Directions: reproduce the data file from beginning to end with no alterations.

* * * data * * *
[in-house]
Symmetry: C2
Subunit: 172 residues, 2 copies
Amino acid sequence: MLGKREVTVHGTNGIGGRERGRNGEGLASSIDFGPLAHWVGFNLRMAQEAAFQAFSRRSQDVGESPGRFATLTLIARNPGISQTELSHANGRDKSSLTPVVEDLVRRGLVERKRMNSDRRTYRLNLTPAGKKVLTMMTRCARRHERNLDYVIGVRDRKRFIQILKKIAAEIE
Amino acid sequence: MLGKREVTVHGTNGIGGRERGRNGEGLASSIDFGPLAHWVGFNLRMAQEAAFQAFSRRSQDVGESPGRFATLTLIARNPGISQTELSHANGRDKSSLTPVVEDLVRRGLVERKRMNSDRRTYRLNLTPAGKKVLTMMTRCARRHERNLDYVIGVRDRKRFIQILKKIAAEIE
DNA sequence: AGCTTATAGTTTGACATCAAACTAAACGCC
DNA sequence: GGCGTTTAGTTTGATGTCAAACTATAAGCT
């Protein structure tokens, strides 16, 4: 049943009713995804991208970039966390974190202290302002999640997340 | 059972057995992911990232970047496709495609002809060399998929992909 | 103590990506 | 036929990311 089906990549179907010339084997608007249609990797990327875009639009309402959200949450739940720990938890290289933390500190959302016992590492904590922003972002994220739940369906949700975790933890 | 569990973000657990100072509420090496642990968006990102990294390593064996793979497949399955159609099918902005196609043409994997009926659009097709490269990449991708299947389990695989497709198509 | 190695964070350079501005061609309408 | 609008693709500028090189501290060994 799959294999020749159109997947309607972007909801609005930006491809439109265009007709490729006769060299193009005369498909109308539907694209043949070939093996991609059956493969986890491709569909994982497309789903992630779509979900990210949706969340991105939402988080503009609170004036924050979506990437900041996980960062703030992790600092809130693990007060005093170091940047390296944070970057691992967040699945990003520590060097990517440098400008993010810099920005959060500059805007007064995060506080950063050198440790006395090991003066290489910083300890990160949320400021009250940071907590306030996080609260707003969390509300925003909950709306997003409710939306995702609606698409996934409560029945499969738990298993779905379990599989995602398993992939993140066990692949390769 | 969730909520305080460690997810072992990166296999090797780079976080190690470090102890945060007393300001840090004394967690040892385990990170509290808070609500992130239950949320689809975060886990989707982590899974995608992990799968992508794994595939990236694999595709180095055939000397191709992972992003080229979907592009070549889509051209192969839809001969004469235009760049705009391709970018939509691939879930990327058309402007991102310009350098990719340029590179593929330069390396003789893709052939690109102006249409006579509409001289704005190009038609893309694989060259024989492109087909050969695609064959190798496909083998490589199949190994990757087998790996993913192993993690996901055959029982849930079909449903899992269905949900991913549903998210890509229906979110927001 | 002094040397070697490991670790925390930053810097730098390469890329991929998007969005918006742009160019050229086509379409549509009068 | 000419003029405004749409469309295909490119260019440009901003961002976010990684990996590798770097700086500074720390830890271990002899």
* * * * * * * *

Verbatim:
[in-house]
Symmetry: C2
Subunit: 172 residues, 2 copies
Amino acid sequence: MLGKREVTVHGTNGIGGRERGRNGEGLASSIDFGPLAHWVGFNLRMAQEAAFQAFSRRSQDVGESPGRFATLTLIARNPGISQTELSHANGRDKSSLTPVVEDLVRRGLVERKRMNSDRRTYRLNLTPAGKKVLTMMTRCARRHERNLDYVIGVRDRKRFIQILKKIAAEIE
Amino acid sequence: MLGKREVTVHGTNGIGGRERGRNGEGLASSIDFGPLAHWVGFNLRMAQEAAFQAFSRRSQDVGESPGRFATLTLIARNPGISQTELSHANGRDKSSLTPVVEDLVRRGLVERKRMNSDRRTYRLNLTPAGKKVLTMMTRCARRHERNLDYVIGVRDRKRFIQILKKIAAEIE
DNA sequence: AGCTTATAGTTTGACATCAAACTAAACGCC
DNA sequence: GGCGTTTAGTTTGATGTCAAACTATAAGCT
């Protein structure tokens, strides 16, 4: 049943009713995804991208970039966390974190202290302002999640997340 | 059972057995992911990232970047496709495609002809060399998929992909 | 103590990506 | 036929990311 089906990549179907010339084997608007249609990797990327875009639009309402959200949450739940720990938890290289933390500190959302016992590492904590922003972002994220739940369906949700975790933890 | 569990973000657990100072509420090496642990968006990102990294390593064996793979497949399955159609099918902005196609043409994997009926659009097709490269990449991708299947389990695989497709198509 | 190695964070350079501005061609309408 | 609008693709500028090189501290060994 799959294999020749159109997947309607972007909801609005930006491809439109265009007709490729006769060299193009005369498909109308539907694209043949070939093996991609059956493969986890491709569909994982497309789903992630779509979900990210949706969340991105939402988080503009609170004036924050979506990437900041996980960062703030992790600092809130693990007060005093170091940047390296944070970057691992967040699945990003520590060097990517440098400008993010810099920005959060500059805007007064995060506080950063050198440790006395090991003066290489910083300890990160949320400021009250940071907590306030996080609260707003969390509300925003909950709306997003409710939306995702609606698409996934409560029945499969738990298993779905379990599989995602398993992939993140066990692949390769 | 969730909520305080460690997810072992990166296999090797780079976080190690470090102890945060007393300001840090004394967690040892385990990170509290808070609500992130239950949320689809975060886990989707982590899974995608992990799968992508794994595939990236694999595709180095055939000397191709992972992003080229979907592009070549889509051209192969839809001969004469235009760049705009391709970018939509691939879930990327058309402007991102310009350098990719340029590179593929330069390396003789893709052939690109102006249409006579509409001289704005190009038609893309694989060259024989492109087909050969695609064959190798496909083998490589199949190994990757087998790996993913192993993690996901055959029982849930079909449903899992269905949900991913549903998210890509229906979110927001 | 002094040397070697490991670790925390930053810097730098390469890329991929998007969005918006742009160019050229086509379409549509009068 | 000419003029405004749409469309295909490119260019440009901003961002976010990684990996590798770097700086500074720390830890271990002899």